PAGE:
This valuable assessment of what is different, however, focuses rightly on the perspective of the students attending Oxford and Cambridge, drawing on HEPI’s vast database of survey data and applying its usual statistical sophistication in analysing it.
In response to media enquiries about the report, How different is Oxbridge?, Nick Hillman issued this further statement:
Ironically, the key lesson for policymakers from our research on Oxbridge is: don’t get too obsessed about Oxbridge. Oxford and Cambridge are different from the rest of the university sector. If we are to retain our world-class reputation for higher education, then we need to recognise this and look at the specific challenges faced by other universities too.
Our research confirms Oxford and Cambridge are very different and exceptionally good. They are different to other Russell Group institutions as well as all other universities. On issues like student workload, value for money perceptions and course satisfaction, it is hard to distinguish non-Oxbridge Russell Group members from other universities. On larger class sizes, other Russell Group institutions are the outliers, for their students have more large classes than those at Oxbridge or elsewhere.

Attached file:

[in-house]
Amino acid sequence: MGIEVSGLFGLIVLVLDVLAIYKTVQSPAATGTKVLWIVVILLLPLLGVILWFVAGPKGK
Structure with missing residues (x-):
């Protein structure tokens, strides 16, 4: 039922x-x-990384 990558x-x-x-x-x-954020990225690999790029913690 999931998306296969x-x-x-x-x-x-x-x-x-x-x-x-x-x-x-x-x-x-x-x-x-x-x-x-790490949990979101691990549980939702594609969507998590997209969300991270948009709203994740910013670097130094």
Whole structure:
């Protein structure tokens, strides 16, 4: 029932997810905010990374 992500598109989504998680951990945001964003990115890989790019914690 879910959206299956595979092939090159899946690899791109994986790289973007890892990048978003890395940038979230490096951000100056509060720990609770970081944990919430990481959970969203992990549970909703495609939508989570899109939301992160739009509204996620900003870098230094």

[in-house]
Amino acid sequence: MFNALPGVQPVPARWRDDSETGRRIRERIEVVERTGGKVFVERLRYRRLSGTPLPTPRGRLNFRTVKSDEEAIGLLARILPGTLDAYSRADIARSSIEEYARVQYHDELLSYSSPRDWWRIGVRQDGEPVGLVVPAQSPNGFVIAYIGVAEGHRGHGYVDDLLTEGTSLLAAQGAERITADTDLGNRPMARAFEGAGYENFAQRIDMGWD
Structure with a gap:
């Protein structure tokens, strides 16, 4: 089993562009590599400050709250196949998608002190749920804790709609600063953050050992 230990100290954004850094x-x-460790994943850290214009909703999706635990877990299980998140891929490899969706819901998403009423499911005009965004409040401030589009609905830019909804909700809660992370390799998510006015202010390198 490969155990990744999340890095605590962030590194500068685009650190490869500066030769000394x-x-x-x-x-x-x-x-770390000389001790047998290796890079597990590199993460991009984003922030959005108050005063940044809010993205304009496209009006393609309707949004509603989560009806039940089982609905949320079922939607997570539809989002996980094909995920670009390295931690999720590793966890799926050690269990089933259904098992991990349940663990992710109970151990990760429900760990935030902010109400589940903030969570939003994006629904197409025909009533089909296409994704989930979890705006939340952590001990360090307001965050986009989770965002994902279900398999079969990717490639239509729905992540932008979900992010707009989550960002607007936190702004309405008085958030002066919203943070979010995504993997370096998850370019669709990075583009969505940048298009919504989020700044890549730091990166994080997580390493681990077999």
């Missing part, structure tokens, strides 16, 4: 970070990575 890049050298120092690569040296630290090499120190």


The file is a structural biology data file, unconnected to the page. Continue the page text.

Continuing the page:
Yet it is too simplistic to blame the other Russell Group institutions for this. As a society, we expect Russell Group members to offer a wide range of courses, some of which are very expensive to provide, and to keep up with the international competition on research. Yet we do not fund either high-cost subjects or research in full. So large class sizes are, in part, a consequence of the wider political environment in which these institutions operate.